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Crack down on fly tipping

"Fly-tipping blights communities": UK Minister Dan Rogerson

ENFORCEMENT officers will soon be able to seize vehicles suspected of being involved in fly-tipping thanks to enhanced powers to crack down on waste crime, Resource Management Minister Dan Rogerson announced today.
The new legislation, will make it easier for local authorities, the Environment Agency and Natural Resources Wales to stop, search and seize vehicles suspected of being involved in waste crime. In 2013/14, local authorities dealt with 852,000 incidents of fly-tipping, costing an estimated £45.2 million in clearance costs.
This marks an important milestone in the government’s Waste Crime Action Plan and follows a consultation launched last week on enhancing enforcement powers to tackle waste crime.
Resource Management Minister Dan Rogerson said: “Fly-tipping blights communities and poses a risk to human health, which is why we are supporting the seizure of vehicles suspected of involvement in this pernicious crime. The removal of their means to dispose of waste illegally will act as a greater deterrent to persistent offenders.”
The new regulations follow the introduction of a tougher sentencing guideline for environmental offences announced last year, which should result in larger fines for serious offenders. The new seizure powers, expected to be in force from 6 April, include:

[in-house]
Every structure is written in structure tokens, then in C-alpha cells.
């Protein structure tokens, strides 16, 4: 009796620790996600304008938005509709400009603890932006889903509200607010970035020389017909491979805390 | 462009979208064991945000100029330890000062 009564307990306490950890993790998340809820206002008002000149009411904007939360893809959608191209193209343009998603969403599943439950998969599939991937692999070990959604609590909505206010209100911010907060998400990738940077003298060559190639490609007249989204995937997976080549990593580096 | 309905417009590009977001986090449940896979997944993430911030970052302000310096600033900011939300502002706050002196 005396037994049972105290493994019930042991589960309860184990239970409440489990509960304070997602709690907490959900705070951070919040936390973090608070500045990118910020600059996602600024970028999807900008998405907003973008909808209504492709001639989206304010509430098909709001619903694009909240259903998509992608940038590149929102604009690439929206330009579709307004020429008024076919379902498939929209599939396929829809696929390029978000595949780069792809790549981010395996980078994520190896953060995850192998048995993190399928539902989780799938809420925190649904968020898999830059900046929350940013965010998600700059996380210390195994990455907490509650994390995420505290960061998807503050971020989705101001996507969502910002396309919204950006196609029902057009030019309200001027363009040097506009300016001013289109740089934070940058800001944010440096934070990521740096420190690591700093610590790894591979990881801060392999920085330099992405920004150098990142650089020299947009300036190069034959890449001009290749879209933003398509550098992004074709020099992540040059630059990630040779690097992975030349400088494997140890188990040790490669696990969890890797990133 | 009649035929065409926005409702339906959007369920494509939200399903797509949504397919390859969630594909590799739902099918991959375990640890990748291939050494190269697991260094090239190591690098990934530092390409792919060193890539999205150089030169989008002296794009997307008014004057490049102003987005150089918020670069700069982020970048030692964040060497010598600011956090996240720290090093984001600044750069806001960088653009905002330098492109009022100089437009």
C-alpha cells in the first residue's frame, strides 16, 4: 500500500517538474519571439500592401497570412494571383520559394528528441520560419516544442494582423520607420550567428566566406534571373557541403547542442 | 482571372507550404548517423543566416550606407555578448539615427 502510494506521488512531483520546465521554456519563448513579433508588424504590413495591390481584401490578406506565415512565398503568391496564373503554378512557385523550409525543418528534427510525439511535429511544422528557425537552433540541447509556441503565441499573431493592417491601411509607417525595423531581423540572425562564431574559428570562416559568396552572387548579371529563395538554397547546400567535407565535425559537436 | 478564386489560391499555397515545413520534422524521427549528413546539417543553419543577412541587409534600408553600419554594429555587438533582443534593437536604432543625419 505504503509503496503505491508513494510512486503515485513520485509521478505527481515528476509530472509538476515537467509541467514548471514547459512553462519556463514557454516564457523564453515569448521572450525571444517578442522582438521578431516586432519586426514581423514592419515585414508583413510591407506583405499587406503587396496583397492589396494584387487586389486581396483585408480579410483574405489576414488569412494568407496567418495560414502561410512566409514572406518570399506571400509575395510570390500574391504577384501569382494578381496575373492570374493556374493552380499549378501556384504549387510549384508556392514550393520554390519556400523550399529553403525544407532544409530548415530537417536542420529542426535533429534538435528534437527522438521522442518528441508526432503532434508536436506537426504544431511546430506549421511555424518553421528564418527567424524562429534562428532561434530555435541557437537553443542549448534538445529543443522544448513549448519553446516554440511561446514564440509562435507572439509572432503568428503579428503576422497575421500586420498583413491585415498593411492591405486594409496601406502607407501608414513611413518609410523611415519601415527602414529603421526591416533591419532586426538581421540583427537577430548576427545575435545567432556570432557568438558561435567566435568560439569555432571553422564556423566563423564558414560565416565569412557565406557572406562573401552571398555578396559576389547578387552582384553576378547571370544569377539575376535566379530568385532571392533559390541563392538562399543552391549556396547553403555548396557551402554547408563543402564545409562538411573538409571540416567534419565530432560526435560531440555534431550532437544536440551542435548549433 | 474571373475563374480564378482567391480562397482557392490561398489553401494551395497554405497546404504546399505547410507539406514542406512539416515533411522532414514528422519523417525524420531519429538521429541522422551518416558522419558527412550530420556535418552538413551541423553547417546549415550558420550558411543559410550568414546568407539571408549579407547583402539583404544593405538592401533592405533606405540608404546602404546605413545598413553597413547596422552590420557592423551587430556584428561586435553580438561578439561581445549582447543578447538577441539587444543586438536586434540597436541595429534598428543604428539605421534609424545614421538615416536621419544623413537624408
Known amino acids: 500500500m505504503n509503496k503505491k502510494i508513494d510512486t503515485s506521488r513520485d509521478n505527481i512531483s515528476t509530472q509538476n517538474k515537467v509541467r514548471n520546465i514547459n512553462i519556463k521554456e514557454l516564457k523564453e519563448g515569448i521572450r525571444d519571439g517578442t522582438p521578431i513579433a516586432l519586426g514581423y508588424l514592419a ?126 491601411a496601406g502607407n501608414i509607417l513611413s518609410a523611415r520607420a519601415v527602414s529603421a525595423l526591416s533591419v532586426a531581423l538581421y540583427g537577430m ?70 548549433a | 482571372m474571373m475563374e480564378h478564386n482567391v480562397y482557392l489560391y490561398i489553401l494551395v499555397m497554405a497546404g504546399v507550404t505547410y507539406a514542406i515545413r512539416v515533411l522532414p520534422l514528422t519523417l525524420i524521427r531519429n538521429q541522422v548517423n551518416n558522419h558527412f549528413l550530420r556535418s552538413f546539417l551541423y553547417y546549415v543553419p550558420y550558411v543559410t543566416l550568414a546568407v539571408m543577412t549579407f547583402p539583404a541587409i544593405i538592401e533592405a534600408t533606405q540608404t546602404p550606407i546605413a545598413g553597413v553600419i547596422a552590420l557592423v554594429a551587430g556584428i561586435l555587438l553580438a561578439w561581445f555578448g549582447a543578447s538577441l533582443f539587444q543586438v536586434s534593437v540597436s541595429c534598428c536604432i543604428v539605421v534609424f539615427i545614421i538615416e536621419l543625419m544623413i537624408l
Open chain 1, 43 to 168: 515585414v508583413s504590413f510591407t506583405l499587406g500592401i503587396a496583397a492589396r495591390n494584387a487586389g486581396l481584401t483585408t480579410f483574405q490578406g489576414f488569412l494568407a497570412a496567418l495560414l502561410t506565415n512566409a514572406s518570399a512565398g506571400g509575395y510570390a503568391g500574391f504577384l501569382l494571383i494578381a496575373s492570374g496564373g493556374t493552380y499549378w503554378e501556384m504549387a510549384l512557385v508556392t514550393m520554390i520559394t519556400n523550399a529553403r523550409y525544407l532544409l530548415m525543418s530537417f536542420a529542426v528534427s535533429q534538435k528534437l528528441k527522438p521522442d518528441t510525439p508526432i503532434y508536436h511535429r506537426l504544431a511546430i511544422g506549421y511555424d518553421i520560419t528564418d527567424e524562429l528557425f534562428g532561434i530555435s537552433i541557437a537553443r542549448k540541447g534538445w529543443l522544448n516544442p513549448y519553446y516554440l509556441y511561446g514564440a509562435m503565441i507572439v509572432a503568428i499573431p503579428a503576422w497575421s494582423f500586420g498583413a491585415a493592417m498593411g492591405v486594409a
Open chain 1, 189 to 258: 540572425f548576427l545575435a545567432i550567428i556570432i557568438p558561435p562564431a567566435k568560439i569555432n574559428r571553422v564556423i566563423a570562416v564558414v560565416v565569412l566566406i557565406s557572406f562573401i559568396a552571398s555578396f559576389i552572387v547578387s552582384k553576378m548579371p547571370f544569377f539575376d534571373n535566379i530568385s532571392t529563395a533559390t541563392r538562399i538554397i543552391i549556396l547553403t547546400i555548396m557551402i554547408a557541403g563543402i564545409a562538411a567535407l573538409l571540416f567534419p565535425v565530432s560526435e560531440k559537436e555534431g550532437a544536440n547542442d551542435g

Allowing enforcement authorities to stop, search and instantly seize vehicles suspected of being involved with waste crime.
Broadening the range of waste offences for which a vehicle can be seized by enforcement authorities to include:
Breaches of the waste duty of care.
Operation of an illegal waste site.
Carrying controlled waste while unauthorised to do so
Farmers have welcomed the crackdown, Christine Jones an NFU Cymru county chair said: “Fly-tipping is an issue that impacts on the lives and businesses of many farmers in Wales and we believe it is wholly unfair that farmers have to clear up the mess and pick up the bill for waste illegally dumped on their land, therefore the changes suggested should have a positive impact of the incidence of fly-tipping and hopefully act as a deterrent to those who commit such crimes.”
Sounding a note of caution, she added: “However we need to ensure that these changes do not inadvertently impact members. Farmers who are unaware of their Duty of Care waste carrier responsibilities could get caught by the above enforcements. These changes will need to be clearly communicated and pragmatically enforced by local authorities and Natural Resources Wales.”